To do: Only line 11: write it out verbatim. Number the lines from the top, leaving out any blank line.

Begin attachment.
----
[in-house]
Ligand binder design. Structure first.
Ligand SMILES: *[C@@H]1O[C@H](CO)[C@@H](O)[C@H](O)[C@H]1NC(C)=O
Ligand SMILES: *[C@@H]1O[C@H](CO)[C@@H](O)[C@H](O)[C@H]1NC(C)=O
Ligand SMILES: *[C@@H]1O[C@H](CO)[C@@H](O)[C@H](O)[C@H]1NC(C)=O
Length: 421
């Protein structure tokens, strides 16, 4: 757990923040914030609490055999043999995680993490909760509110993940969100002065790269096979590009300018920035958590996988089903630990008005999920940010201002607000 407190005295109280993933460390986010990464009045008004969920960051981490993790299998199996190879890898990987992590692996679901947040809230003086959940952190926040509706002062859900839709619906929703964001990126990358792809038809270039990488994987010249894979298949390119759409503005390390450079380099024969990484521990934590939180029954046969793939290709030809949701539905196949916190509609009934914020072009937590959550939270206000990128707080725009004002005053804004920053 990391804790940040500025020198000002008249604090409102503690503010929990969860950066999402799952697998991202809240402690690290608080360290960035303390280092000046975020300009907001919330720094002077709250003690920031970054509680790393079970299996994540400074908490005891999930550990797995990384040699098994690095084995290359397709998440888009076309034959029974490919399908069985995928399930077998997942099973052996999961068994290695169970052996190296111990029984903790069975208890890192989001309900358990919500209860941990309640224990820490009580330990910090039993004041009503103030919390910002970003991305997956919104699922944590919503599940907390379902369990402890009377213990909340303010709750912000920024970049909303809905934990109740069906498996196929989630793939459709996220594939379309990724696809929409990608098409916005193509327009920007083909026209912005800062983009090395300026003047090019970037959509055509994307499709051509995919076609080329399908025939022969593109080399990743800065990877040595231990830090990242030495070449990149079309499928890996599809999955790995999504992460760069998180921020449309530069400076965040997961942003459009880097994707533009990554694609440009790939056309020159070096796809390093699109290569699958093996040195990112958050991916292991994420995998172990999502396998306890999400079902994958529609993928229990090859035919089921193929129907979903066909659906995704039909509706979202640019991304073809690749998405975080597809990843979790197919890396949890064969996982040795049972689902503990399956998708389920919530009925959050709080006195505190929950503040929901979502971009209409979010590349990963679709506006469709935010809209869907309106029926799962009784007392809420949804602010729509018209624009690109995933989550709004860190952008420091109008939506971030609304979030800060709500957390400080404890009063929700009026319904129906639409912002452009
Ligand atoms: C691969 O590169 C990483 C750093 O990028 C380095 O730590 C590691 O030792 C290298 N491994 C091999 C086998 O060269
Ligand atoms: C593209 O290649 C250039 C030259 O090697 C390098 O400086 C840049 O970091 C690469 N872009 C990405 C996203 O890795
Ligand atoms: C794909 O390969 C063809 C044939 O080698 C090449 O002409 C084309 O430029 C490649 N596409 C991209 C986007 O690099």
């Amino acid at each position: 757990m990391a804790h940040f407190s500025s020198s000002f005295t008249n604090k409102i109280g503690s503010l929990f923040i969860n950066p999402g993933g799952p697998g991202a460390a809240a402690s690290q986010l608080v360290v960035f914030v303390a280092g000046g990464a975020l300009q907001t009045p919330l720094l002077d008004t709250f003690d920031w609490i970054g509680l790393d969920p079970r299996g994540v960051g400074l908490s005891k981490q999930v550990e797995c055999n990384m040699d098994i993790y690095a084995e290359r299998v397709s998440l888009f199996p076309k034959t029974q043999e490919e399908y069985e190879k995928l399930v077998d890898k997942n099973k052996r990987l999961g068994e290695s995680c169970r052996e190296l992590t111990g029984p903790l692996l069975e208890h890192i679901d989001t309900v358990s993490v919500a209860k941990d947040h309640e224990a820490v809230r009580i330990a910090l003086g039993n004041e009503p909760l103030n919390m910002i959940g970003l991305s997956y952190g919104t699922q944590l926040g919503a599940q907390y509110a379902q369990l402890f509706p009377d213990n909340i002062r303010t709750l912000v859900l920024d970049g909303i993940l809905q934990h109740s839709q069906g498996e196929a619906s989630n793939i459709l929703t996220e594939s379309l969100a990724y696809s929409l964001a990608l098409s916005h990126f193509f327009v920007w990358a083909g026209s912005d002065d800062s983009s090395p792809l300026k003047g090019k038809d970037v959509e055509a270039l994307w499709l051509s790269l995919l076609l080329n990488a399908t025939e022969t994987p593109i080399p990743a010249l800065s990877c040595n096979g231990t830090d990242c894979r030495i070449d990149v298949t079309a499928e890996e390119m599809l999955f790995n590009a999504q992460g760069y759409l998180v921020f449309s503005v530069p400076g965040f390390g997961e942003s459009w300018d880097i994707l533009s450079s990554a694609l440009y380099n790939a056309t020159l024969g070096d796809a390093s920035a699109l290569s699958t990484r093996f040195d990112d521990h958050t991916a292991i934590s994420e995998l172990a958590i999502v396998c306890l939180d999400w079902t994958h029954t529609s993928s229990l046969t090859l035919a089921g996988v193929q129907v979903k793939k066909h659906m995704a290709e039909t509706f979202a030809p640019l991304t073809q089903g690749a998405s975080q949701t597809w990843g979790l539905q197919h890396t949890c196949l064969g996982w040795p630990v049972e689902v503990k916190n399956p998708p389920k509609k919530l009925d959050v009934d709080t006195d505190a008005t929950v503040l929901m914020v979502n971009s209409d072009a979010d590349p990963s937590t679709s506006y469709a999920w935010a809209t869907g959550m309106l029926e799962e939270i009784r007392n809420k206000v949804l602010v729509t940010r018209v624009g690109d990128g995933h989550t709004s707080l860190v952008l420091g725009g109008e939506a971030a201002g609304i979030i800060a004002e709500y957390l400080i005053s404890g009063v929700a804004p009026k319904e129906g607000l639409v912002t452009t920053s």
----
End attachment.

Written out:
């Amino acid at each position: 757990m990391a804790h940040f407190s500025s020198s000002f005295t008249n604090k409102i109280g503690s503010l929990f923040i969860n950066p999402g993933g799952p697998g991202a460390a809240a402690s690290q986010l608080v360290v960035f914030v303390a280092g000046g990464a975020l300009q907001t009045p919330l720094l002077d008004t709250f003690d920031w609490i970054g509680l790393d969920p079970r299996g994540v960051g400074l908490s005891k981490q999930v550990e797995c055999n990384m040699d098994i993790y690095a084995e290359r299998v397709s998440l888009f199996p076309k034959t029974q043999e490919e399908y069985e190879k995928l399930v077998d890898k997942n099973k052996r990987l999961g068994e290695s995680c169970r052996e190296l992590t111990g029984p903790l692996l069975e208890h890192i679901d989001t309900v358990s993490v919500a209860k941990d947040h309640e224990a820490v809230r009580i330990a910090l003086g039993n004041e009503p909760l103030n919390m910002i959940g970003l991305s997956y952190g919104t699922q944590l926040g919503a599940q907390y509110a379902q369990l402890f509706p009377d213990n909340i002062r303010t709750l912000v859900l920024d970049g909303i993940l809905q934990h109740s839709q069906g498996e196929a619906s989630n793939i459709l929703t996220e594939s379309l969100a990724y696809s929409l964001a990608l098409s916005h990126f193509f327009v920007w990358a083909g026209s912005d002065d800062s983009s090395p792809l300026k003047g090019k038809d970037v959509e055509a270039l994307w499709l051509s790269l995919l076609l080329n990488a399908t025939e022969t994987p593109i080399p990743a010249l800065s990877c040595n096979g231990t830090d990242c894979r030495i070449d990149v298949t079309a499928e890996e390119m599809l999955f790995n590009a999504q992460g760069y759409l998180v921020f449309s503005v530069p400076g965040f390390g997961e942003s459009w300018d880097i994707l533009s450079s990554a694609l440009y380099n790939a056309t020159l024969g070096d796809a390093s920035a699109l290569s699958t990484r093996f040195d990112d521990h958050t991916a292991i934590s994420e995998l172990a958590i999502v396998c306890l939180d999400w079902t994958h029954t529609s993928s229990l046969t090859l035919a089921g996988v193929q129907v979903k793939k066909h659906m995704a290709e039909t509706f979202a030809p640019l991304t073809q089903g690749a998405s975080q949701t597809w990843g979790l539905q197919h890396t949890c196949l064969g996982w040795p630990v049972e689902v503990k916190n399956p998708p389920k509609k919530l009925d959050v009934d709080t006195d505190a008005t929950v503040l929901m914020v979502n971009s209409d072009a979010d590349p990963s937590t679709s506006y469709a999920w935010a809209t869907g959550m309106l029926e799962e939270i009784r007392n809420k206000v949804l602010v729509t940010r018209v624009g690109d990128g995933h989550t709004s707080l860190v952008l420091g725009g109008e939506a971030a201002g609304i979030i800060a004002e709500y957390l400080i005053s404890g009063v929700a804004p009026k319904e129906g607000l639409v912002t452009t920053s």